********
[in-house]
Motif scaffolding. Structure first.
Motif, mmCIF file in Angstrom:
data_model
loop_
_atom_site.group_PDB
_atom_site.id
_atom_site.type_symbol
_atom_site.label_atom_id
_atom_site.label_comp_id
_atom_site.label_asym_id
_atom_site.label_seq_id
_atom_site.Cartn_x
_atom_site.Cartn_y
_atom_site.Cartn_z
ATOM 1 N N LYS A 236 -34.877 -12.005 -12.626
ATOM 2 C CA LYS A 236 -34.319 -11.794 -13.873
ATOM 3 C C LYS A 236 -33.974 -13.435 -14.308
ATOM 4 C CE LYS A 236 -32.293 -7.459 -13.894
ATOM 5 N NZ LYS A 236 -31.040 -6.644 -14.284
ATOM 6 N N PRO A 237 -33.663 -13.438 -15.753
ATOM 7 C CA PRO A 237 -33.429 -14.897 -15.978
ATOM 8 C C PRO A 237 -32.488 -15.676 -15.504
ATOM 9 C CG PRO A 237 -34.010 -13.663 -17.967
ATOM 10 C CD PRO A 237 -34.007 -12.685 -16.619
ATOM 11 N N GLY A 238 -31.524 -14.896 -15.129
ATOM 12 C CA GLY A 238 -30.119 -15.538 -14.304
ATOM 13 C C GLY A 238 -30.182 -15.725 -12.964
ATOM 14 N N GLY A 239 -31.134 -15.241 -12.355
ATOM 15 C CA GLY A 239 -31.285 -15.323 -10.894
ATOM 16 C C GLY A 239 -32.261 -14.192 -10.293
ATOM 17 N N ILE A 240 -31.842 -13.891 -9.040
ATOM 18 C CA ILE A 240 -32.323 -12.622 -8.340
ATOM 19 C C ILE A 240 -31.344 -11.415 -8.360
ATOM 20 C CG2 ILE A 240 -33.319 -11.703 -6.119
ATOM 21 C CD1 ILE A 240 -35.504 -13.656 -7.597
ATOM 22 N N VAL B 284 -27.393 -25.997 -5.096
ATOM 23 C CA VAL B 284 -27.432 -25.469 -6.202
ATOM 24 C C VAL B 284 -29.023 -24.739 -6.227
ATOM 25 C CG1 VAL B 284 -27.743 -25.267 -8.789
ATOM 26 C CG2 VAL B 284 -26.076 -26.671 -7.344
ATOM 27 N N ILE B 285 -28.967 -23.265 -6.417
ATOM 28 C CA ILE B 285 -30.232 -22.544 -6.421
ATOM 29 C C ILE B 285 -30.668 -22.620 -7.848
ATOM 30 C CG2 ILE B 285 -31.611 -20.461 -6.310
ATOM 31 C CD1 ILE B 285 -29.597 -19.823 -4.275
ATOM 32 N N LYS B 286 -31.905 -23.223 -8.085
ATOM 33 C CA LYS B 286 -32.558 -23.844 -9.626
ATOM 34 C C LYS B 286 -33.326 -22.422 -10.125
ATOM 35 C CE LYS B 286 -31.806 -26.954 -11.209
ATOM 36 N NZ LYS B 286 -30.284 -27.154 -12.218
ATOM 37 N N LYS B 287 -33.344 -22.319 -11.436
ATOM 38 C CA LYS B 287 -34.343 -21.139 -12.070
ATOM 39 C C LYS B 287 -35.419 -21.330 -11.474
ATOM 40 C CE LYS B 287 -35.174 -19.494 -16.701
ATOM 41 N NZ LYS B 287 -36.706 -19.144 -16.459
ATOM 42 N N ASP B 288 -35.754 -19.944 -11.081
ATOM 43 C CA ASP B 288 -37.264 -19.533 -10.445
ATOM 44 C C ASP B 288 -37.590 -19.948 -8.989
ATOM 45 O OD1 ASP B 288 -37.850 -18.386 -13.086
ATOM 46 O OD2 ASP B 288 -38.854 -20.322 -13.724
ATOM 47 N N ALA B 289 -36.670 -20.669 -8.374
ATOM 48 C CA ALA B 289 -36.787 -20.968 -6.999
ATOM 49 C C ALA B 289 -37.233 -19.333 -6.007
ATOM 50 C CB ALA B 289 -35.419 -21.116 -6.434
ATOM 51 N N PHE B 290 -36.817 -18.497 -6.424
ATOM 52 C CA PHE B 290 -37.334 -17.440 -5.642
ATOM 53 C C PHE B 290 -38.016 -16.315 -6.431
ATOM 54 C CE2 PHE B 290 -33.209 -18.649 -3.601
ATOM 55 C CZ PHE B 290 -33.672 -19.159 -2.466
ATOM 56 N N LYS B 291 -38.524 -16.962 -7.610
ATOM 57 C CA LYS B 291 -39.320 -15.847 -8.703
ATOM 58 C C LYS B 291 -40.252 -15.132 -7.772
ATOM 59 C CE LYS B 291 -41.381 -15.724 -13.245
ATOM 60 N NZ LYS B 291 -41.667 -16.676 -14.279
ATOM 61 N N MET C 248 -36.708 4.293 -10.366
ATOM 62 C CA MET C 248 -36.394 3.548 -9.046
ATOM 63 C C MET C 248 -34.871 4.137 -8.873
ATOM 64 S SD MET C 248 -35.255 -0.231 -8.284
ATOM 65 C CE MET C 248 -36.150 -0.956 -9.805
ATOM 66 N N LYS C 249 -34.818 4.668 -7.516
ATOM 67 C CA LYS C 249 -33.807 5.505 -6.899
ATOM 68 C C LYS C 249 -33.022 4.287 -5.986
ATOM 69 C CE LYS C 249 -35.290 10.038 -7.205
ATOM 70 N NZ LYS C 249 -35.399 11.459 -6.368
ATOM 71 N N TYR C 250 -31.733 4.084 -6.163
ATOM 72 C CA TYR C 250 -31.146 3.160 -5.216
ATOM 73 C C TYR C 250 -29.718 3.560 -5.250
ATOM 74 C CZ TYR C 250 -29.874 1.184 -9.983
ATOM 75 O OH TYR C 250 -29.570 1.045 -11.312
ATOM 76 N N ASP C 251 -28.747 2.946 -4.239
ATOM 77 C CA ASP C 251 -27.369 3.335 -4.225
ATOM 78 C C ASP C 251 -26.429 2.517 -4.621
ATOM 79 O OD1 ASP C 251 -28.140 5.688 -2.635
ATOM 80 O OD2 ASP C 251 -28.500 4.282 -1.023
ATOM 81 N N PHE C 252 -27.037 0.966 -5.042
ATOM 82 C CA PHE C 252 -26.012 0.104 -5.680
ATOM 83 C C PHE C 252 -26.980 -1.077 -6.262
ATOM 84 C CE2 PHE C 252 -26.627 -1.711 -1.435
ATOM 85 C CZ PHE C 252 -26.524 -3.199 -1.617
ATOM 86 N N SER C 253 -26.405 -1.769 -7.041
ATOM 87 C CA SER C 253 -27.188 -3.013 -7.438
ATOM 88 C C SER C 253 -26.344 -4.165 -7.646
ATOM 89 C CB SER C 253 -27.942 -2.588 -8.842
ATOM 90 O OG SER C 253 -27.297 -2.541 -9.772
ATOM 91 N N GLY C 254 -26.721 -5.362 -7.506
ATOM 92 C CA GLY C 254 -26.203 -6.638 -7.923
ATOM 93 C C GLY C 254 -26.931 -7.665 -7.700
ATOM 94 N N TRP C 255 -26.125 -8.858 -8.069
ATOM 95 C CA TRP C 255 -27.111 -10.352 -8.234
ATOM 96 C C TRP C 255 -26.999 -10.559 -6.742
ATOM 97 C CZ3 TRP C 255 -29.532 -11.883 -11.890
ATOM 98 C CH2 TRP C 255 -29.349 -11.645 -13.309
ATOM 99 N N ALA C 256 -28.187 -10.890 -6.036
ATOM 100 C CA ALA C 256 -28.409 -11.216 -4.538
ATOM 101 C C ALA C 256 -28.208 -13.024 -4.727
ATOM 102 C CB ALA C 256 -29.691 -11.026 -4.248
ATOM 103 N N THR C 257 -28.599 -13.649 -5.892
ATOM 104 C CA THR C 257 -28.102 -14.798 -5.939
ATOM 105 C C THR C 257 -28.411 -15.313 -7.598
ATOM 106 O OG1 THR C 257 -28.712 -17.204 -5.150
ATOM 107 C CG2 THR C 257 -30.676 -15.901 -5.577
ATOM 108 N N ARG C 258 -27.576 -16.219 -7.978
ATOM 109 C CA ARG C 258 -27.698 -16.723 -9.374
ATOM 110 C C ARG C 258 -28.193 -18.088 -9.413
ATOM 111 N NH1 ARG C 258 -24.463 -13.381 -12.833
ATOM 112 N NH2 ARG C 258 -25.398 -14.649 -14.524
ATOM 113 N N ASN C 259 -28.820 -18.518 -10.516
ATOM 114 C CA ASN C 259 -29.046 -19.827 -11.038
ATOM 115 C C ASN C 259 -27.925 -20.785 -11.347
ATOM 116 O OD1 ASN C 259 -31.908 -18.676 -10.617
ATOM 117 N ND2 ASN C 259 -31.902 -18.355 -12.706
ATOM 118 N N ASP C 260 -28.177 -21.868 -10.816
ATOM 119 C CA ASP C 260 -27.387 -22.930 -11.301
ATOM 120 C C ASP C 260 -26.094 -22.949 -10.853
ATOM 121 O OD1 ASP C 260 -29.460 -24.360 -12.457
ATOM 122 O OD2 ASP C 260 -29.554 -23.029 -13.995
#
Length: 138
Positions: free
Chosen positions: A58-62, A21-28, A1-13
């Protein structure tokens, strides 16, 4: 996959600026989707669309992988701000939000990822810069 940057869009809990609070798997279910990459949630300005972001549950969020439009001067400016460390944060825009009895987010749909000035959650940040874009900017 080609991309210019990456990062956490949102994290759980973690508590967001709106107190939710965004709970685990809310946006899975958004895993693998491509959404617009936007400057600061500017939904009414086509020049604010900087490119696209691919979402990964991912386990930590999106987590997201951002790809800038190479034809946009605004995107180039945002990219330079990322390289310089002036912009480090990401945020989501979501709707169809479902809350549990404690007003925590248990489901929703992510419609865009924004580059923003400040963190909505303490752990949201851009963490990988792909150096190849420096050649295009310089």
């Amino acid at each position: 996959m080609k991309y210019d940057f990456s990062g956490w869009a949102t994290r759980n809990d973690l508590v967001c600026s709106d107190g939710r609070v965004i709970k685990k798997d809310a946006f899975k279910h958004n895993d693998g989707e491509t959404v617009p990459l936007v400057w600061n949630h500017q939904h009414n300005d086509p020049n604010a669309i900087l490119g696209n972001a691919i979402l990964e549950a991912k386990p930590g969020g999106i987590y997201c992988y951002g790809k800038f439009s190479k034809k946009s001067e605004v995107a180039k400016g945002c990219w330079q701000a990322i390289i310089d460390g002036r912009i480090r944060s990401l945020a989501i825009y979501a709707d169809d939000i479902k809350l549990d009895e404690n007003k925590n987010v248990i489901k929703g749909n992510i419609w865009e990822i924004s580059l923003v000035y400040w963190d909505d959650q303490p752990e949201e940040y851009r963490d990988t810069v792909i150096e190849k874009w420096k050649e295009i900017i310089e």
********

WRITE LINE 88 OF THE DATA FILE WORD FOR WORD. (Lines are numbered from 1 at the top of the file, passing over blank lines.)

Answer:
ATOM 73 C C TYR C 250 -29.718 3.560 -5.250